Wednesday was a bit frustrating for both the tour guide and my fellow storm chasers. The morning started with our briefing. Bill Reid of Tempest Tours indicated that conditions looked favorable in eastern Colorado as well as near Woodward in northern Oklahoma. He decided we would head for the Colorado area, particularly because that area had tornado activity the day before.


 

Wednesday was a bit frustrating for both the tour guide and my fellow storm chasers. The morning started with our briefing. Bill Reid of Tempest Tours indicated that conditions looked favorable in eastern Colorado as well as near Woodward in northern Oklahoma. He decided we would head for the Colorado area, particularly because that area had tornado activity the day before.


The storm chase vans departed about 11 a.m. heading west. Bill constantly reviewed weather conditions on his laptop. He began doubting his decision to head west to Colorado and decided that Woodward looked more promising.


We drove for several hours, making pit stops every hour or so where we could pick up a snack - no lunch stop today - time and distance dictated we get to our target site as soon as possible. We did see a possible storm development on radar as we headed east. In the meantime Bill was also seeing significant storm development back in eastern Colorado. It was now too late to attempt to reach this site - too far and not enough time to make it to Colorado. The cell we were pursuing ultimately died. However in eastern Colorado severe weather was occurring.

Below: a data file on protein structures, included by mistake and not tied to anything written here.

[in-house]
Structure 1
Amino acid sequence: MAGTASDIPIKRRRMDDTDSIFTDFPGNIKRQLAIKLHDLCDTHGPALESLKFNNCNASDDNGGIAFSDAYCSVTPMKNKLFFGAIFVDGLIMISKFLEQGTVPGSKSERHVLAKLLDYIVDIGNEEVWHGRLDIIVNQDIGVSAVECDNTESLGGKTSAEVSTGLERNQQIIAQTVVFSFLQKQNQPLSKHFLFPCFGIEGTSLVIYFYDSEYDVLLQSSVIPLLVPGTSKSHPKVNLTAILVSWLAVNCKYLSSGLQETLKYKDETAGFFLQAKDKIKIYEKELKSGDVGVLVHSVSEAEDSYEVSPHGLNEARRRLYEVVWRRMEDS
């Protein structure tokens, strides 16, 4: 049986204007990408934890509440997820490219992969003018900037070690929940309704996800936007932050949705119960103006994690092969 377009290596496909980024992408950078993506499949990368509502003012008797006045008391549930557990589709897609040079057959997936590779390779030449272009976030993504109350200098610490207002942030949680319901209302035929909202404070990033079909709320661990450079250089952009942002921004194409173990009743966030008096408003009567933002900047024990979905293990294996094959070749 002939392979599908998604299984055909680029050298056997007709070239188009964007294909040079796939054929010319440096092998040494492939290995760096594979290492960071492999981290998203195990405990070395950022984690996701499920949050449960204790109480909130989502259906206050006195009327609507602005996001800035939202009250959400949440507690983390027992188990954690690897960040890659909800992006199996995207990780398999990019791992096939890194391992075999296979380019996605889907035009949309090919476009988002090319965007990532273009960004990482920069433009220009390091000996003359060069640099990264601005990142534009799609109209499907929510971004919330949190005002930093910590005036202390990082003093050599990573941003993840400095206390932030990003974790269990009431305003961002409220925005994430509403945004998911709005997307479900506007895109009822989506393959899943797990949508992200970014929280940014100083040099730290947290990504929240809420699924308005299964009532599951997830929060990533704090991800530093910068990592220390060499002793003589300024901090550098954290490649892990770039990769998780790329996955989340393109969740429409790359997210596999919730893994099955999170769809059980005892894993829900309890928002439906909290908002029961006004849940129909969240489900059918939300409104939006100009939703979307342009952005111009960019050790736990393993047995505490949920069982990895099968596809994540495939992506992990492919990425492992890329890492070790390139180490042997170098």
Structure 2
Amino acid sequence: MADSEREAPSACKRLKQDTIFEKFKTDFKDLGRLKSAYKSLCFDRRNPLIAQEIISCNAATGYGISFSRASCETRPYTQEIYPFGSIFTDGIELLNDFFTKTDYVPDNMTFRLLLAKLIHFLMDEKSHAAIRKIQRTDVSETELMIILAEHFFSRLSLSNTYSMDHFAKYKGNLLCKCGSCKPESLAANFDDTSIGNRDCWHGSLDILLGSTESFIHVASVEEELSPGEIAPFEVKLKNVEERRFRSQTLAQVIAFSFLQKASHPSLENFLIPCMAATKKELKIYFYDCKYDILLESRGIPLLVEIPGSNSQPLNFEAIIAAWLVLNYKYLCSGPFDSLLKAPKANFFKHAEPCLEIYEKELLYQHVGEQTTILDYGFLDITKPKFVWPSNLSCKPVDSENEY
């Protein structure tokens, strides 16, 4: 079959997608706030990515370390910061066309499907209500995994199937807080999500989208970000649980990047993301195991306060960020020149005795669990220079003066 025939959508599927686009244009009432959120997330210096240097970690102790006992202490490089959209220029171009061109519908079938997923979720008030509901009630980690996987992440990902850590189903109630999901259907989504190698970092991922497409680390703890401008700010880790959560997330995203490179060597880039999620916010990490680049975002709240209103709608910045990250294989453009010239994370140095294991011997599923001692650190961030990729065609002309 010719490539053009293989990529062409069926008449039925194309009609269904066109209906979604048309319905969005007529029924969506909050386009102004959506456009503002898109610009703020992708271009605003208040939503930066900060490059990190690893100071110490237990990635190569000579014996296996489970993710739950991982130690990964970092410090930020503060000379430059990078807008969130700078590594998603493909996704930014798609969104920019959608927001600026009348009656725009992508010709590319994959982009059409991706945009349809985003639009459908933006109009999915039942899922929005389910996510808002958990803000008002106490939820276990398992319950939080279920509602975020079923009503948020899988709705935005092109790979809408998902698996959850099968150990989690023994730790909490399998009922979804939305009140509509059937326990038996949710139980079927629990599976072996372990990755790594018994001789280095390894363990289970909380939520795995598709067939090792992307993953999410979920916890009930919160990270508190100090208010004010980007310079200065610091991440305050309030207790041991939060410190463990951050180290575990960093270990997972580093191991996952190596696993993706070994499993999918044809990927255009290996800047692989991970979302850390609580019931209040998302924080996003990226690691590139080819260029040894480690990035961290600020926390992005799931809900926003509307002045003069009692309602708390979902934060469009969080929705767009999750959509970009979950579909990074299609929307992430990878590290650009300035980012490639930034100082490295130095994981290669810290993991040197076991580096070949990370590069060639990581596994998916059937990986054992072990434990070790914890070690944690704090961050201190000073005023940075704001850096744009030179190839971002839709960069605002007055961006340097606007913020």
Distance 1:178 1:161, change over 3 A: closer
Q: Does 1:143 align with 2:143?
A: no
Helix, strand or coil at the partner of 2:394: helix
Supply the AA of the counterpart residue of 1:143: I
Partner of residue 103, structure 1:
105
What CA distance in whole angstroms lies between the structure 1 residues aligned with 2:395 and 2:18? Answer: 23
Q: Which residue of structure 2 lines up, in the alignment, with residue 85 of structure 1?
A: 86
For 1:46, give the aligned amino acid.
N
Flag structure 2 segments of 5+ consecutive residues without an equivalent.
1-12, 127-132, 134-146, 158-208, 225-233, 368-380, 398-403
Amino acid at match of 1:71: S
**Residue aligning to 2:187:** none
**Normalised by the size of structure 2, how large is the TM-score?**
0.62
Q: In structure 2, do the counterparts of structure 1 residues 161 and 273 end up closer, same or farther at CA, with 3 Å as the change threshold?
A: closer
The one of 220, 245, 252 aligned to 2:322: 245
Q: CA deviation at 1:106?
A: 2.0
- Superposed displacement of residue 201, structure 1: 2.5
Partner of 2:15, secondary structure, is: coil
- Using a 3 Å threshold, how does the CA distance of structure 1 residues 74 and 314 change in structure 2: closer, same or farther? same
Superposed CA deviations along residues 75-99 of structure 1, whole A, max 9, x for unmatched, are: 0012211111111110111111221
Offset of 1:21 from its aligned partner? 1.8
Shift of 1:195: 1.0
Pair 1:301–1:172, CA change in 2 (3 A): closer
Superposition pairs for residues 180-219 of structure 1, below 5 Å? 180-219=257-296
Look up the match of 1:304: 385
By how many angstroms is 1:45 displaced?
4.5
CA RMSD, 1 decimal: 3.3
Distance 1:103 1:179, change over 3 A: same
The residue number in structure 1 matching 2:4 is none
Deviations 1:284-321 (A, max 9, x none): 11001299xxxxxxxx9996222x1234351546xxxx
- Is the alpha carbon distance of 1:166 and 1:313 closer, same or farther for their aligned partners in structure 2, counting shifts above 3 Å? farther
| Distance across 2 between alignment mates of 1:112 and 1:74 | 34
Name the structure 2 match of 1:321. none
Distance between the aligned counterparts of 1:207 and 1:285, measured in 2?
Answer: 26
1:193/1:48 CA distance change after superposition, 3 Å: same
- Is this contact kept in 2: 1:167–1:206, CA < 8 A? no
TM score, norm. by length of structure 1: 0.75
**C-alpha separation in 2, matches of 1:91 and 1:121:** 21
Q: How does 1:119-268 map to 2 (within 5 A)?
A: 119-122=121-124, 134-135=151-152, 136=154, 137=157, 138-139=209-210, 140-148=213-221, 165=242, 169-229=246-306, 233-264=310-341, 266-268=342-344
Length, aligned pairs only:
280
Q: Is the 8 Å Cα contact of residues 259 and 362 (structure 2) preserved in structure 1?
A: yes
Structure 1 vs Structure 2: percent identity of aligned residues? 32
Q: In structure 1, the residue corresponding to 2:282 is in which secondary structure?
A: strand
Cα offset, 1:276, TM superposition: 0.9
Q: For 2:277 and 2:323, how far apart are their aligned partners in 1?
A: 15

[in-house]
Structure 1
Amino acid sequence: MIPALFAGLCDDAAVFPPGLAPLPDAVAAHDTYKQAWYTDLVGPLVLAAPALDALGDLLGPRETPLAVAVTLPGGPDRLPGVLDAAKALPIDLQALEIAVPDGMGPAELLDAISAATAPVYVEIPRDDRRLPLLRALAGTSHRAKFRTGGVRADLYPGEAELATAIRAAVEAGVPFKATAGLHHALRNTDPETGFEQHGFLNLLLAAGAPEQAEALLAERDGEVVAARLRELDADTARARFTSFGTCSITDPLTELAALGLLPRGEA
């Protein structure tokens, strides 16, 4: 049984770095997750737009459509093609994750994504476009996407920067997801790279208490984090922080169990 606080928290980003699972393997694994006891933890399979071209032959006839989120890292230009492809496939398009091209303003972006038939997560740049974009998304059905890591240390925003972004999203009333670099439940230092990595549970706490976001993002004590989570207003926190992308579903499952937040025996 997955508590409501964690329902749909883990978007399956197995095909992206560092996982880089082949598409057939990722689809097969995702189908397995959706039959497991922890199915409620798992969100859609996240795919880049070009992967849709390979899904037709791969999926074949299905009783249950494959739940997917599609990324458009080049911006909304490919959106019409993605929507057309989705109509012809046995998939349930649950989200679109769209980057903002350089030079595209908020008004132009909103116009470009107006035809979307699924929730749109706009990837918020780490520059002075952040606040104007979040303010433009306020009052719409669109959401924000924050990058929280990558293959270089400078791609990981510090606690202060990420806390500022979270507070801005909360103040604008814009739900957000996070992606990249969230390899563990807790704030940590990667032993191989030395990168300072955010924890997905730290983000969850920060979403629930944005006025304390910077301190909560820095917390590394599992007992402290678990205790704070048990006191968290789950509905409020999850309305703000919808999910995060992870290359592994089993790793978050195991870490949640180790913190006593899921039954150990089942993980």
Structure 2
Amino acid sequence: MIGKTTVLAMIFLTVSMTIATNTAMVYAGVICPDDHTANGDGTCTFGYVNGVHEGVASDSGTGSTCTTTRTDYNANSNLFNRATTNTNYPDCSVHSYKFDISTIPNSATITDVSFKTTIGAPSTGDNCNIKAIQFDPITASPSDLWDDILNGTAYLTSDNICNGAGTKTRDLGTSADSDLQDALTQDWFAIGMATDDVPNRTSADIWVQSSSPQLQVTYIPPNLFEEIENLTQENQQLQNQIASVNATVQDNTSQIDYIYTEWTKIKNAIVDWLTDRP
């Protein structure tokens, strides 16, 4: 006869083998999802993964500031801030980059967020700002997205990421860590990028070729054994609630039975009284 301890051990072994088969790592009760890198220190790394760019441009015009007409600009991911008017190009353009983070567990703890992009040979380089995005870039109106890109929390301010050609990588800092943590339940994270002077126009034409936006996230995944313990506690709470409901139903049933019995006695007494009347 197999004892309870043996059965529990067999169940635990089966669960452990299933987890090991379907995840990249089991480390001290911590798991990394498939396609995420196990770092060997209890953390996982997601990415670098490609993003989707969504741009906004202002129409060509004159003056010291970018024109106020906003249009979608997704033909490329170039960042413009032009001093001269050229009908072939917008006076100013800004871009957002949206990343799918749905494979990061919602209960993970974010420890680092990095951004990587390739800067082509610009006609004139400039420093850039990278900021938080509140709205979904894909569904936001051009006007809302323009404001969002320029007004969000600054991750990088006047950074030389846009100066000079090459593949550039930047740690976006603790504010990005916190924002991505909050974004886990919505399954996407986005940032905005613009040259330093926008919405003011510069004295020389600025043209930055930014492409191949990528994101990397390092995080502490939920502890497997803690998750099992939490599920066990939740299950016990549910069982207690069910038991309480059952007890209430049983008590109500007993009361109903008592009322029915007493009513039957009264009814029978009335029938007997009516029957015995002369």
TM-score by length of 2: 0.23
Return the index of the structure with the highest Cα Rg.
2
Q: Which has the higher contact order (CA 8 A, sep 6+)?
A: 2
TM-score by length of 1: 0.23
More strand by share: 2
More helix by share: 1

This is the real life of a storm chase - some days you are lucky and find severe weather and a possible tornado and other days you go home a bit disappointed but stay positive that tomorrow will be the day you find a tornado. We did, however, have a great late supper in Cherokee, Okla., so all was not lost. The vans arrived at our motel about 11 p.m. in Pratt, Kan.


Meet Chrys


In addition to sharing my travels with all of you, I thought you might be interested in learning about who a storm chaser is, why they chase and their backgrounds. Today I highlight Chrys M. Tremththanmor.


“I lived in Maryland for a number of years when I was a child. I remember having to go down into the basement when we had storm warnings, although I didn’t want to go into the basement. I wanted to see the storms!


“Many years have passed since that time. I now make my home in Daventry, England, and I left a career as a bank manager to become a priest in the Church of England. I love unusual travel experiences, and I enjoy photography, so I decided that I should finally come out of that basement and try to photograph storms and tornadoes.


“Last summer I went through the Northwest Passage on a Russian icebreaker, and as a result I can now interpret ice charts. This trip I’m learning how to interpret data such as dew points and wind shears. I don’t think any of this knowledge will help me in my day job, but it does provide interesting illustrations for my sermons.


“I am keeping a travel blog about the trip on my website, www.travellinghopefully.co.uk, if you want to read more.”